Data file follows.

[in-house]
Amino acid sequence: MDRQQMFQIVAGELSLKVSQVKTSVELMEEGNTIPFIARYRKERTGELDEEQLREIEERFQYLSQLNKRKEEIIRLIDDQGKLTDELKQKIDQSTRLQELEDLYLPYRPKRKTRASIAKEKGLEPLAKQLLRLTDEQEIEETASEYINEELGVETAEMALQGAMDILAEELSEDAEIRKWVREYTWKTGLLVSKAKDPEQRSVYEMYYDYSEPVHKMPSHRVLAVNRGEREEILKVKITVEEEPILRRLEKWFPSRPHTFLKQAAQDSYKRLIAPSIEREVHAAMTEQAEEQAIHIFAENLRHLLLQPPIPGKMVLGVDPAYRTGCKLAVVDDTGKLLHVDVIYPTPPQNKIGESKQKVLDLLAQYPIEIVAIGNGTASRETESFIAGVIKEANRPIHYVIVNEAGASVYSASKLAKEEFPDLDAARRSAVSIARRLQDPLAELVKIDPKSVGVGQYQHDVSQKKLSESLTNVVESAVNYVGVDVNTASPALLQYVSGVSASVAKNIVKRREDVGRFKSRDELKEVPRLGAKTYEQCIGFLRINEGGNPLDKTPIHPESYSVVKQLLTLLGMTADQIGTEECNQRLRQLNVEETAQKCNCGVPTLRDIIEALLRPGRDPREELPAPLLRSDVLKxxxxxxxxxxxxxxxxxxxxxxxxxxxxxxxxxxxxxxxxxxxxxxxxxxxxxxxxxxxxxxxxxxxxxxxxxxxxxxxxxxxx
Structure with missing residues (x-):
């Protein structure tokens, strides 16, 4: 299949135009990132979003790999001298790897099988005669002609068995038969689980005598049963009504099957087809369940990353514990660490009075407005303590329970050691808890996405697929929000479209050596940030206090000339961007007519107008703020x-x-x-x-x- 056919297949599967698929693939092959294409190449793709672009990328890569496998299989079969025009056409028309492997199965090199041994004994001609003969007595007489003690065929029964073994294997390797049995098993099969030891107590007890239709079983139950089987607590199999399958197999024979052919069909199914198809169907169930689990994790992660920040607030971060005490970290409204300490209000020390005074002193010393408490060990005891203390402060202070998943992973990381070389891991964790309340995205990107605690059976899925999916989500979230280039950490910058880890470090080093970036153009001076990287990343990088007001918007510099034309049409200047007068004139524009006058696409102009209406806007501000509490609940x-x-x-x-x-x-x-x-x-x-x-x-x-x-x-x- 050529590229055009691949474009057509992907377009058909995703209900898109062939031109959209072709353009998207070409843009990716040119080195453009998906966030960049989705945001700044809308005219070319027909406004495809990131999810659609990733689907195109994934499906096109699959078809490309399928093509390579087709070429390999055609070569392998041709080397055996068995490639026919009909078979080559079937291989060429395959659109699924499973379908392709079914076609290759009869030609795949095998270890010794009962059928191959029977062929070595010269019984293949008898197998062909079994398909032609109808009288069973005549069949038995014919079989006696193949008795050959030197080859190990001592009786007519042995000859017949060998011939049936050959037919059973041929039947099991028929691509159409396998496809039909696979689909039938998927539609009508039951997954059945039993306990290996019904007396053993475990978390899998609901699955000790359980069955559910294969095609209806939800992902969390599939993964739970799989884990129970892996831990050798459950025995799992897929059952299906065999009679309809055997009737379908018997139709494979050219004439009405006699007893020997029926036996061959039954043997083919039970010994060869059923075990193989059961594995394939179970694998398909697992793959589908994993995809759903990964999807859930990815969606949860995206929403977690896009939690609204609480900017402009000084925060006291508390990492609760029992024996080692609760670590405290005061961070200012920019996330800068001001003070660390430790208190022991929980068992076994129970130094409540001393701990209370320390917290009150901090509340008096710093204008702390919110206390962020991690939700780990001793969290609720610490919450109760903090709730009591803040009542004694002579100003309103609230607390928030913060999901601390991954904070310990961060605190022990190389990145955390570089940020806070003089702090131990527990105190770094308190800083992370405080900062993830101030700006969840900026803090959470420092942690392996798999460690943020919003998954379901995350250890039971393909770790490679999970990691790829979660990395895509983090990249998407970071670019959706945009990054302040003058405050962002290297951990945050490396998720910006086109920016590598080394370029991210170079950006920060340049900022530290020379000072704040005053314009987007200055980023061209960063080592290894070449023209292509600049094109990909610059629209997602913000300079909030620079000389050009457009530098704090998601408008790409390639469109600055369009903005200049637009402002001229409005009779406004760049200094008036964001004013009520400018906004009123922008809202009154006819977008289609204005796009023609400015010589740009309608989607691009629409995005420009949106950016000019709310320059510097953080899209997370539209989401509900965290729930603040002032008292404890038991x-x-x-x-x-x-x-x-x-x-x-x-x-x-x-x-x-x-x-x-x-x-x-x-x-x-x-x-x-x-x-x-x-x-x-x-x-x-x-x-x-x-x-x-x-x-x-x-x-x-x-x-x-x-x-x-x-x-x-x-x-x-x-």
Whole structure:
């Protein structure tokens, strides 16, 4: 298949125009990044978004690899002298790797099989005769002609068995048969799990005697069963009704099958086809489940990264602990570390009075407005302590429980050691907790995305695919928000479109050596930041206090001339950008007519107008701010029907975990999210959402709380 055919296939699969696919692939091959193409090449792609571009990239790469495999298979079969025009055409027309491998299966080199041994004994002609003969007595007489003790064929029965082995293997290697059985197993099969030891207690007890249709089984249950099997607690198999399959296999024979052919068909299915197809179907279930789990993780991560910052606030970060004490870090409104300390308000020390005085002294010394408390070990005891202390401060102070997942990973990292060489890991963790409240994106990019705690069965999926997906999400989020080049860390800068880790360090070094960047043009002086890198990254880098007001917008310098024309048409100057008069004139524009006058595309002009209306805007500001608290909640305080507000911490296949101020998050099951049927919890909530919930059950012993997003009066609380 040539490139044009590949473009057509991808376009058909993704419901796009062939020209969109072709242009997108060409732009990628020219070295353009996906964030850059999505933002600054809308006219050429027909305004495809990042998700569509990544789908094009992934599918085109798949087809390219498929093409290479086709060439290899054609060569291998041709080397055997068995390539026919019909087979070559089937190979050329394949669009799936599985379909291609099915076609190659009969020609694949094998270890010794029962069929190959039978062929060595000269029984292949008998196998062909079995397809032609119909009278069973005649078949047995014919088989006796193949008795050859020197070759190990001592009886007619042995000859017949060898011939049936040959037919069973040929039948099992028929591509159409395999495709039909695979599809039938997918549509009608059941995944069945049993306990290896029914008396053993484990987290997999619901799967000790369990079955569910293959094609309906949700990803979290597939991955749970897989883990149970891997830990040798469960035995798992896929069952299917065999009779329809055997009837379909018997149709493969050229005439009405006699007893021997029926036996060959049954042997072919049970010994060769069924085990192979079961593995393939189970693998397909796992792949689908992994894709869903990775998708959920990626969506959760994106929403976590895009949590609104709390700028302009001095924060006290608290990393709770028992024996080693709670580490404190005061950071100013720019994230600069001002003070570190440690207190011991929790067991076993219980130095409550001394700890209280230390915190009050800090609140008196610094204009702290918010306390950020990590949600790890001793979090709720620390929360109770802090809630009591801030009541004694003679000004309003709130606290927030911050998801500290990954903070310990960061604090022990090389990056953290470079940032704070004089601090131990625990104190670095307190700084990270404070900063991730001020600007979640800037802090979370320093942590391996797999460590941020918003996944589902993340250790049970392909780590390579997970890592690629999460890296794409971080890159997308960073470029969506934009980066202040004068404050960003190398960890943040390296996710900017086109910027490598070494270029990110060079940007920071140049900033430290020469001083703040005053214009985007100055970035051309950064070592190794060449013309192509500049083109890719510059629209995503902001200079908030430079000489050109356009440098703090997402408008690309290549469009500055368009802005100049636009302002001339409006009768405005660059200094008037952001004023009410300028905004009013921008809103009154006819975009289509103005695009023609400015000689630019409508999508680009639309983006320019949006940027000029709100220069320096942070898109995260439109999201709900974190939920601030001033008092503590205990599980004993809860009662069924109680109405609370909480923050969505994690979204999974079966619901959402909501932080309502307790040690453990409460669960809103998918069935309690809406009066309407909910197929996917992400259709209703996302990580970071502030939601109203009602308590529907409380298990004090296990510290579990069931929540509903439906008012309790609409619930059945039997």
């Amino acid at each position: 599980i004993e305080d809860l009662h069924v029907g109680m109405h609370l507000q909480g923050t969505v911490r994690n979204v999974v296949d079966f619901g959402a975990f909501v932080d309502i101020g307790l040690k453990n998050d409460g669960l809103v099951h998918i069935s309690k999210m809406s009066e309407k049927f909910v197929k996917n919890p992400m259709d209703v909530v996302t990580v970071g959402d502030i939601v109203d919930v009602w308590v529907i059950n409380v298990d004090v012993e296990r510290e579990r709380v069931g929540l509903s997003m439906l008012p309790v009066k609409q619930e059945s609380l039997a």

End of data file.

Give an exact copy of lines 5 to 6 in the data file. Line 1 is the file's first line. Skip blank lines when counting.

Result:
Whole structure:
């Protein structure tokens, strides 16, 4: 298949125009990044978004690899002298790797099989005769002609068995048969799990005697069963009704099958086809489940990264602990570390009075407005302590429980050691907790995305695919928000479109050596930041206090001339950008007519107008701010029907975990999210959402709380 055919296939699969696919692939091959193409090449792609571009990239790469495999298979079969025009055409027309491998299966080199041994004994002609003969007595007489003790064929029965082995293997290697059985197993099969030891207690007890249709089984249950099997607690198999399959296999024979052919068909299915197809179907279930789990993780991560910052606030970060004490870090409104300390308000020390005085002294010394408390070990005891202390401060102070997942990973990292060489890991963790409240994106990019705690069965999926997906999400989020080049860390800068880790360090070094960047043009002086890198990254880098007001917008310098024309048409100057008069004139524009006058595309002009209306805007500001608290909640305080507000911490296949101020998050099951049927919890909530919930059950012993997003009066609380 040539490139044009590949473009057509991808376009058909993704419901796009062939020209969109072709242009997108060409732009990628020219070295353009996906964030850059999505933002600054809308006219050429027909305004495809990042998700569509990544789908094009992934599918085109798949087809390219498929093409290479086709060439290899054609060569291998041709080397055997068995390539026919019909087979070559089937190979050329394949669009799936599985379909291609099915076609190659009969020609694949094998270890010794029962069929190959039978062929060595000269029984292949008998196998062909079995397809032609119909009278069973005649078949047995014919088989006796193949008795050859020197070759190990001592009886007619042995000859017949060898011939049936040959037919069973040929039948099992028929591509159409395999495709039909695979599809039938997918549509009608059941995944069945049993306990290896029914008396053993484990987290997999619901799967000790369990079955569910293959094609309906949700990803979290597939991955749970897989883990149970891997830990040798469960035995798992896929069952299917065999009779329809055997009837379909018997149709493969050229005439009405006699007893021997029926036996060959049954042997072919049970010994060769069924085990192979079961593995393939189970693998397909796992792949689908992994894709869903990775998708959920990626969506959760994106929403976590895009949590609104709390700028302009001095924060006290608290990393709770028992024996080693709670580490404190005061950071100013720019994230600069001002003070570190440690207190011991929790067991076993219980130095409550001394700890209280230390915190009050800090609140008196610094204009702290918010306390950020990590949600790890001793979090709720620390929360109770802090809630009591801030009541004694003679000004309003709130606290927030911050998801500290990954903070310990960061604090022990090389990056953290470079940032704070004089601090131990625990104190670095307190700084990270404070900063991730001020600007979640800037802090979370320093942590391996797999460590941020918003996944589902993340250790049970392909780590390579997970890592690629999460890296794409971080890159997308960073470029969506934009980066202040004068404050960003190398960890943040390296996710900017086109910027490598070494270029990110060079940007920071140049900033430290020469001083703040005053214009985007100055970035051309950064070592190794060449013309192509500049083109890719510059629209995503902001200079908030430079000489050109356009440098703090997402408008690309290549469009500055368009802005100049636009302002001339409006009768405005660059200094008037952001004023009410300028905004009013921008809103009154006819975009289509103005695009023609400015000689630019409508999508680009639309983006320019949006940027000029709100220069320096942070898109995260439109999201709900974190939920601030001033008092503590205990599980004993809860009662069924109680109405609370909480923050969505994690979204999974079966619901959402909501932080309502307790040690453990409460669960809103998918069935309690809406009066309407909910197929996917992400259709209703996302990580970071502030939601109203009602308590529907409380298990004090296990510290579990069931929540509903439906008012309790609409619930059945039997």